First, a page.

R. Nisbet Bain.
Time out of mind, for hundreds and hundreds of years, the struggle between the Shiites and the Sunnites has divided the Moslem World.
Persia and India are the lands of the Shiites; Turkey, Arabia, Egypt, and the realm of Barbary follow the tenets of the Sunna.
Much blood, much money, many anathemas, and many apostasies have marked the progress of this quarrel, and still it has not even yet been made quite clear whether the Shiites or the Sunnites are the true believers. The question to be decided is this: which of the four successors of the Prophet, Ali, Abu Bekr, Osmar, and Osman, was the true Caliph. The Shiites maintain that Ali alone was the true Caliph. The Sunnites, on the other hand, affirm that all four were true Caliphs and equally holy. And certainly the Shiites must be great blockheads to allow themselves to be cut into mince-meat by thousands, rather than admit that God would enrich the calendar with three saints distasteful to them personally.
The head Mufti had already hurled three fetvas at the head of Shah Mahmud, and just as many armies of valiant Sunnites had invaded the territories of the Shiites. The redoubtable Grand Vizier, Damad Ibrahim, had already wrested from them Tauris, Erivan, Kermandzasahan, and Hamadan, and the good folks of Stambul could talk of nothing else but these victories—victories which they had extra good reason to remember, inasmuch as the Janissaries, at every fresh announcement of these triumphs, all the more vigorously exercised their martial prowess on the peaceful inhabitants they were supposed to protect, and not only upon them, but likewise upon the still more peaceful Sultan who, it must be admitted, troubled himself very little either about the Sunnites, or the victories of his Grand Vizier, being quite content with the contemplation of his perpetually blooming tulips and of the damsels of the Seraglio, who were even fairer to view than the tulips whose blooms they themselves far outshone.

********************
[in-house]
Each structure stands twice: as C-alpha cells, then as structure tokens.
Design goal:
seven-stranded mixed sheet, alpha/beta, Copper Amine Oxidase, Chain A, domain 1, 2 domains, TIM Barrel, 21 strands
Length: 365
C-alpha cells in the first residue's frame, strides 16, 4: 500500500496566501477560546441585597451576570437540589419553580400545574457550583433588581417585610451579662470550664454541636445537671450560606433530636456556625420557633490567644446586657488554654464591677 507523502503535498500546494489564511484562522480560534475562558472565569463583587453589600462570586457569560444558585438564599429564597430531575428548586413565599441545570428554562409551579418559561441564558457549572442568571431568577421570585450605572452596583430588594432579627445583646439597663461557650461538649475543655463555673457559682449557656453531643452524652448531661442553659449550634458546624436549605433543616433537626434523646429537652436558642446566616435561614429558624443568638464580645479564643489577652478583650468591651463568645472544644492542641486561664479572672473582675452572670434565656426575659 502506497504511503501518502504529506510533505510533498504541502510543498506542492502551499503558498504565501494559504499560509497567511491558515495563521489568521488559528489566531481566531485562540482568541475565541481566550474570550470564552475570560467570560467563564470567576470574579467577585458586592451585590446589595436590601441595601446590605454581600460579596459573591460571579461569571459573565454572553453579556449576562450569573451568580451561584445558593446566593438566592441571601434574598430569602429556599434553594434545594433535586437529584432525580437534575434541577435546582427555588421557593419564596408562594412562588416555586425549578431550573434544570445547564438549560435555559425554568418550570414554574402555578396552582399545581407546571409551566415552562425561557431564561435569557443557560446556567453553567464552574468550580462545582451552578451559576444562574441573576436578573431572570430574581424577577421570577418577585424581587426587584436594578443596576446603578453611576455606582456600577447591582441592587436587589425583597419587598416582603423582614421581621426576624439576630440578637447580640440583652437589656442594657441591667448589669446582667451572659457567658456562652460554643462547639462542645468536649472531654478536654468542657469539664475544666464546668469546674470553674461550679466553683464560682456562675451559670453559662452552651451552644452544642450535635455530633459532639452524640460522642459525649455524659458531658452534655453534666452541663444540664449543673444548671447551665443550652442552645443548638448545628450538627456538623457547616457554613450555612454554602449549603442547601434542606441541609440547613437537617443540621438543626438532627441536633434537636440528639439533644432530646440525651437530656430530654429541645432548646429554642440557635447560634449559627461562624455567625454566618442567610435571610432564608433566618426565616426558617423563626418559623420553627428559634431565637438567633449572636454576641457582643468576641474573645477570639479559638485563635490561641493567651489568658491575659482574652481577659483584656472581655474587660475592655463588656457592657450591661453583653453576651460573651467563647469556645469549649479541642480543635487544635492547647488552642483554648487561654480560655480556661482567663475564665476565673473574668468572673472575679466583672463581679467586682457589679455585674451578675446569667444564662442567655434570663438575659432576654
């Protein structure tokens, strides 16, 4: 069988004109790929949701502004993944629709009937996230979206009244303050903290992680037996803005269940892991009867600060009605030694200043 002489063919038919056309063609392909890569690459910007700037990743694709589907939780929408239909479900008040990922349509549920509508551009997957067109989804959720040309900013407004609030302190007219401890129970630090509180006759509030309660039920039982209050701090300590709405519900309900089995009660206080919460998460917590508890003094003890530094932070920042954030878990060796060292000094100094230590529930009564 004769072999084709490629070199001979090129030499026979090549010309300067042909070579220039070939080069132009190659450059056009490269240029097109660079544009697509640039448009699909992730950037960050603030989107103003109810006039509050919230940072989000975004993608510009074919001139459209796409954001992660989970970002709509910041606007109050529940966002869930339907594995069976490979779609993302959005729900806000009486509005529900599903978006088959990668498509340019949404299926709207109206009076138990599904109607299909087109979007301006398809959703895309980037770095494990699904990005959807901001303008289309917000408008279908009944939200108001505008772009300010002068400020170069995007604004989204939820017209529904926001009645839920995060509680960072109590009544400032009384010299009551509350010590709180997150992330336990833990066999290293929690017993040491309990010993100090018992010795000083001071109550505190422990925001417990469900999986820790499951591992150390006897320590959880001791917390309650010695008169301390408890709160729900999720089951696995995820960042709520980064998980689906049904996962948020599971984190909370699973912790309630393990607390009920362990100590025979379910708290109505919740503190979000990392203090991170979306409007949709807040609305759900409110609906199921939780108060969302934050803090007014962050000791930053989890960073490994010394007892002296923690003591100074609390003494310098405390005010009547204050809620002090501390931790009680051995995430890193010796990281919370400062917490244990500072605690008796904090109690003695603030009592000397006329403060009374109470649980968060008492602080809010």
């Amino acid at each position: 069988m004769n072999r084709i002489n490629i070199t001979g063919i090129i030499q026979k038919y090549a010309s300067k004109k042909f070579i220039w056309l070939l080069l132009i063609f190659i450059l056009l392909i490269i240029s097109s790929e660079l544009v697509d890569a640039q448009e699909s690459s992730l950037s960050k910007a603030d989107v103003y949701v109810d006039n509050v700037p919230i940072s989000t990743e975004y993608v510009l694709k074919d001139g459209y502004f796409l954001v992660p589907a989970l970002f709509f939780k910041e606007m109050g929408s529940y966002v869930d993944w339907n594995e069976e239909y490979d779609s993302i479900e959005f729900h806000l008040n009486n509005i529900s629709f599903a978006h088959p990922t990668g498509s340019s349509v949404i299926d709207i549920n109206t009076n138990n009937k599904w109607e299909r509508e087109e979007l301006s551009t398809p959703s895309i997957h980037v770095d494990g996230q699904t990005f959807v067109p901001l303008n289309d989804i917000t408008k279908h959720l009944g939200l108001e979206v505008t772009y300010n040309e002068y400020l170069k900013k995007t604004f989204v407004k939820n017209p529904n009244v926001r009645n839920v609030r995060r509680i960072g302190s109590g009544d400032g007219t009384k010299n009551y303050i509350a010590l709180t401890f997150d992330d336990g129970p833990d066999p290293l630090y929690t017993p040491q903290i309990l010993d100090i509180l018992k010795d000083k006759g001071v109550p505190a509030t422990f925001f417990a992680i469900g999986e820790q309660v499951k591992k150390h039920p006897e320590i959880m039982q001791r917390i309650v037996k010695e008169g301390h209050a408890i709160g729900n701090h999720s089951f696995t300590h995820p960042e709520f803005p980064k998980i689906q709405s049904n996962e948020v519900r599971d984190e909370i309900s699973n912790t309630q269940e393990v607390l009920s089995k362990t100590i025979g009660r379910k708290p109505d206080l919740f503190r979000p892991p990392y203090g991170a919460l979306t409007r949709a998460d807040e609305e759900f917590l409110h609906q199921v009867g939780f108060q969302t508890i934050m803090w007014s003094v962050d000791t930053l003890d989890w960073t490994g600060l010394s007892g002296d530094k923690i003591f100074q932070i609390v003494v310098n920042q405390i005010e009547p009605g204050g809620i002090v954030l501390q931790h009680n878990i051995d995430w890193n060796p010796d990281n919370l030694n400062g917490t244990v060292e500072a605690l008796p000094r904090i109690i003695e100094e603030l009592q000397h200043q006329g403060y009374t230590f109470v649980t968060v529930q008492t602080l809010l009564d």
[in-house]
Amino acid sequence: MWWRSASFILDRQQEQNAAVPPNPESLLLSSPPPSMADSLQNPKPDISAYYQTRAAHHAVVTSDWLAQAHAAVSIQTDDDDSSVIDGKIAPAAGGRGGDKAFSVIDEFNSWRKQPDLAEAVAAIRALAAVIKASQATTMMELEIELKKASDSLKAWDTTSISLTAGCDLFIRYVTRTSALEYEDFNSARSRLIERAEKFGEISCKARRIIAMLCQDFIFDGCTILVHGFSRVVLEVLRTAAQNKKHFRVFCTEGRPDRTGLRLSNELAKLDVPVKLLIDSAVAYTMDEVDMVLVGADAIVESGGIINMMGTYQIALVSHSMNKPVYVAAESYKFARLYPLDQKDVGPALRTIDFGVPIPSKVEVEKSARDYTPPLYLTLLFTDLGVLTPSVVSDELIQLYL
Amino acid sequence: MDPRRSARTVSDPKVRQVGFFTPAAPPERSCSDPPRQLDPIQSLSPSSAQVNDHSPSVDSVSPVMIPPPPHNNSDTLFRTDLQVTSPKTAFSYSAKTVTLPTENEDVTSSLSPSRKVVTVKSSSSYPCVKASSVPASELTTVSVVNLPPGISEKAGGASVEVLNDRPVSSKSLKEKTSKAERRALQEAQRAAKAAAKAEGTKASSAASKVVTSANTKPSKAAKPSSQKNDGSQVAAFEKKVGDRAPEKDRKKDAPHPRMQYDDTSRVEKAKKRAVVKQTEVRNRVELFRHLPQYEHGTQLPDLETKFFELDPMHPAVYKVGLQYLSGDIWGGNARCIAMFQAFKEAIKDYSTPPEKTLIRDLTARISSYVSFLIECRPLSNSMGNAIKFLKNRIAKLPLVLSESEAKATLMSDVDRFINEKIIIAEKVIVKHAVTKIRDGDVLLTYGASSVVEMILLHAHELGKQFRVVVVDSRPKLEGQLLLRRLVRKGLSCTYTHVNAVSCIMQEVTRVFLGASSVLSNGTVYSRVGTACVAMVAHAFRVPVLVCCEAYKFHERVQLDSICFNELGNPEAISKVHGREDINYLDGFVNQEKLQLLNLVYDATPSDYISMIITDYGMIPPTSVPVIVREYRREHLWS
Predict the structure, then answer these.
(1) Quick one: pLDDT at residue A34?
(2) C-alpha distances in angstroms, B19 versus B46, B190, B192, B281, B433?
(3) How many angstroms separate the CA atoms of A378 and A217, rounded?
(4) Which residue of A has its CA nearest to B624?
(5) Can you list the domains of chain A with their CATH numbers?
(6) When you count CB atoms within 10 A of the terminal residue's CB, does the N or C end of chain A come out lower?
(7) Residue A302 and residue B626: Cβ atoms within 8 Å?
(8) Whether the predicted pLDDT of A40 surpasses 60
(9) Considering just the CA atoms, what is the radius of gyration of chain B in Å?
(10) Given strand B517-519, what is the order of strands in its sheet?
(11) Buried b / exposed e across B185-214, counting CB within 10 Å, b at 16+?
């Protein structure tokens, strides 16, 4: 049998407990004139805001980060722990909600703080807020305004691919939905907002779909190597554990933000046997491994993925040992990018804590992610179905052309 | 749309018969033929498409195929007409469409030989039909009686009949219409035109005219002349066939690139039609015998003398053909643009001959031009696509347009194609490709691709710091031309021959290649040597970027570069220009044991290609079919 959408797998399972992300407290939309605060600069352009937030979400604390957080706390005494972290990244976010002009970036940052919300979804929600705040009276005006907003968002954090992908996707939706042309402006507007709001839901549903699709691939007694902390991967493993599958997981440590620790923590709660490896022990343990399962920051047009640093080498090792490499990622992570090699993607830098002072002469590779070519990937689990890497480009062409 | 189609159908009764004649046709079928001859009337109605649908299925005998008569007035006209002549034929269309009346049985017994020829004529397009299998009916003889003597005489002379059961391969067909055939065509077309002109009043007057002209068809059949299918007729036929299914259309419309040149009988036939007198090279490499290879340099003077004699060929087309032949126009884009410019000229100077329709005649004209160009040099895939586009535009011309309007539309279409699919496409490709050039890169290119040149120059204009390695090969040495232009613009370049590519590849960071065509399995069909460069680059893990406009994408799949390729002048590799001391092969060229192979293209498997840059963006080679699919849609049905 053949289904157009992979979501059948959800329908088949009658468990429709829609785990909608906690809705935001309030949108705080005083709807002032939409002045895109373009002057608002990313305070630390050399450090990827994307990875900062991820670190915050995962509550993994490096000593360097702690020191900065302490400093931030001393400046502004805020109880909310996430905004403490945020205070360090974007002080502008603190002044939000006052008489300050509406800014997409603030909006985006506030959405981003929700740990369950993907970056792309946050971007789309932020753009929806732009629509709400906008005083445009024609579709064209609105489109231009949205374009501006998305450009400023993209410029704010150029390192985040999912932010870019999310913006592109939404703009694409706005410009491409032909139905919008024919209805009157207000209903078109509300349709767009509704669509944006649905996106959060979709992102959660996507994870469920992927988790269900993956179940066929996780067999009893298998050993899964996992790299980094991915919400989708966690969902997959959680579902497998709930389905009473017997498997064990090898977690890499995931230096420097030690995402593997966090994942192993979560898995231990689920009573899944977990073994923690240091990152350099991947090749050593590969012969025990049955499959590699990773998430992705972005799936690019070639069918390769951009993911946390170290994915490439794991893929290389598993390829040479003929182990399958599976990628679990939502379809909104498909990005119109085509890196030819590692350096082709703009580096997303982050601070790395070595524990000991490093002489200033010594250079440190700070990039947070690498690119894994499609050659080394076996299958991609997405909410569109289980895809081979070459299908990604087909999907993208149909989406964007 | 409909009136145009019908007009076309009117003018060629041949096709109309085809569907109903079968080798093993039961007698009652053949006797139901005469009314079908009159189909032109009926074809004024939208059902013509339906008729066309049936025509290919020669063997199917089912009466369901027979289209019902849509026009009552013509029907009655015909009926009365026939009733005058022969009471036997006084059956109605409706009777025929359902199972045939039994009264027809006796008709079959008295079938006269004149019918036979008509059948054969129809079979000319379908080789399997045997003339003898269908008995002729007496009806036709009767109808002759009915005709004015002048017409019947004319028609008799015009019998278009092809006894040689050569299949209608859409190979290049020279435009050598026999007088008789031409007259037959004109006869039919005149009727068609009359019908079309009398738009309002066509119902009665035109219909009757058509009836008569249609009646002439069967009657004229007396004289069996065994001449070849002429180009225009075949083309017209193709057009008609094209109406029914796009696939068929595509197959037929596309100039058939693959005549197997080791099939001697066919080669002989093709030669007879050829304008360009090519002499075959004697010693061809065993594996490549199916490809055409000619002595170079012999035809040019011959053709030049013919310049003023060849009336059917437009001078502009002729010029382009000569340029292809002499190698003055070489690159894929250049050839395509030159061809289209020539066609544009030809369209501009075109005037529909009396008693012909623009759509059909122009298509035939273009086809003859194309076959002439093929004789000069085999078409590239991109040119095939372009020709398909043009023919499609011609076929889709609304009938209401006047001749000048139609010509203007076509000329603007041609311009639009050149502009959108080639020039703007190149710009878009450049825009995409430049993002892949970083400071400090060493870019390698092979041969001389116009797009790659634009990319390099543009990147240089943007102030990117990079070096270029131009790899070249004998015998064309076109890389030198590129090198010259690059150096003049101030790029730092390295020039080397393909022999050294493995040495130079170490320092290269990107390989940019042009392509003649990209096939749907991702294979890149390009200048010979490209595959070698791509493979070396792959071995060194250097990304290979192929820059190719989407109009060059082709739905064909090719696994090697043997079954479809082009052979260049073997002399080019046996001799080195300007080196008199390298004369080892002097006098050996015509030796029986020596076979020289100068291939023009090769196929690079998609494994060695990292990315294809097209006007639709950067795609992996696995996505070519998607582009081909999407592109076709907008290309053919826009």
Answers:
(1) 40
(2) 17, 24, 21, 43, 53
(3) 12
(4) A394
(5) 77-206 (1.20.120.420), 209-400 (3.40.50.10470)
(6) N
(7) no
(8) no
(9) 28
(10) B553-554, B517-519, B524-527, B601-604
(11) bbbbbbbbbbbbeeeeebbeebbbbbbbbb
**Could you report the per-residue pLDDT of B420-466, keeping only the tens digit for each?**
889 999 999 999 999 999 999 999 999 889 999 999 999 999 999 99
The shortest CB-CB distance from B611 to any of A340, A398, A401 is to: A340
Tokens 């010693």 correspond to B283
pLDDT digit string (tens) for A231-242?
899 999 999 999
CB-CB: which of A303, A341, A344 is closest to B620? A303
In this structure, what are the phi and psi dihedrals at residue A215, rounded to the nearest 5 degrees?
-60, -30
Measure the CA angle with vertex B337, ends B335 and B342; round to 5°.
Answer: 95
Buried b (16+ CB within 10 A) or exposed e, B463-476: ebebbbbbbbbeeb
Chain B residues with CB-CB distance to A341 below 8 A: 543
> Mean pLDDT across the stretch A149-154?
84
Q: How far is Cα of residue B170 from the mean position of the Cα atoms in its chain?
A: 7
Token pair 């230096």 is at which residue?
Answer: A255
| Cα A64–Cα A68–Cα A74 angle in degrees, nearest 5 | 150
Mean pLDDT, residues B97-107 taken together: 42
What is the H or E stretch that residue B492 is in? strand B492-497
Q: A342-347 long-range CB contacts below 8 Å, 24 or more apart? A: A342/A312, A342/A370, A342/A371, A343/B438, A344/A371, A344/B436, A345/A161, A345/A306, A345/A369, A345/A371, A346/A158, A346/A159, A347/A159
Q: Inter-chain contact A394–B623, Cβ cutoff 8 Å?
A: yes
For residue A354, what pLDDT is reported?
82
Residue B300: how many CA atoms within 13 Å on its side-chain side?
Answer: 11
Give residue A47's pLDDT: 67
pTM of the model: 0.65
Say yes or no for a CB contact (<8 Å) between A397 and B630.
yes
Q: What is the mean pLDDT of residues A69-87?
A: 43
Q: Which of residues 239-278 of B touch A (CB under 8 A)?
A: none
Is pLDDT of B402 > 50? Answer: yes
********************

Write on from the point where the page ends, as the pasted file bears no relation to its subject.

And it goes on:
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The last rays of sunset were about to depart from the minarets of Stambul. The imposing shape of the City of the Seven Hills loomed forth like a majestic picture in the evening light. Below, all aflame from the reflection of the burning sky, lies the Bosphorus, wherein the Seraglio and the suburbs of Pera and Galata, with their tiers upon tiers of houses and variegated fairy palaces, mirror themselves tranquilly. The long, winding, narrow streets climb from one hill to another, and every single hill is as green as if mother Nature had claimed her due portion of each from the inhabitants, so different from our western cities, all paved and swept clean, and nothing but hard stone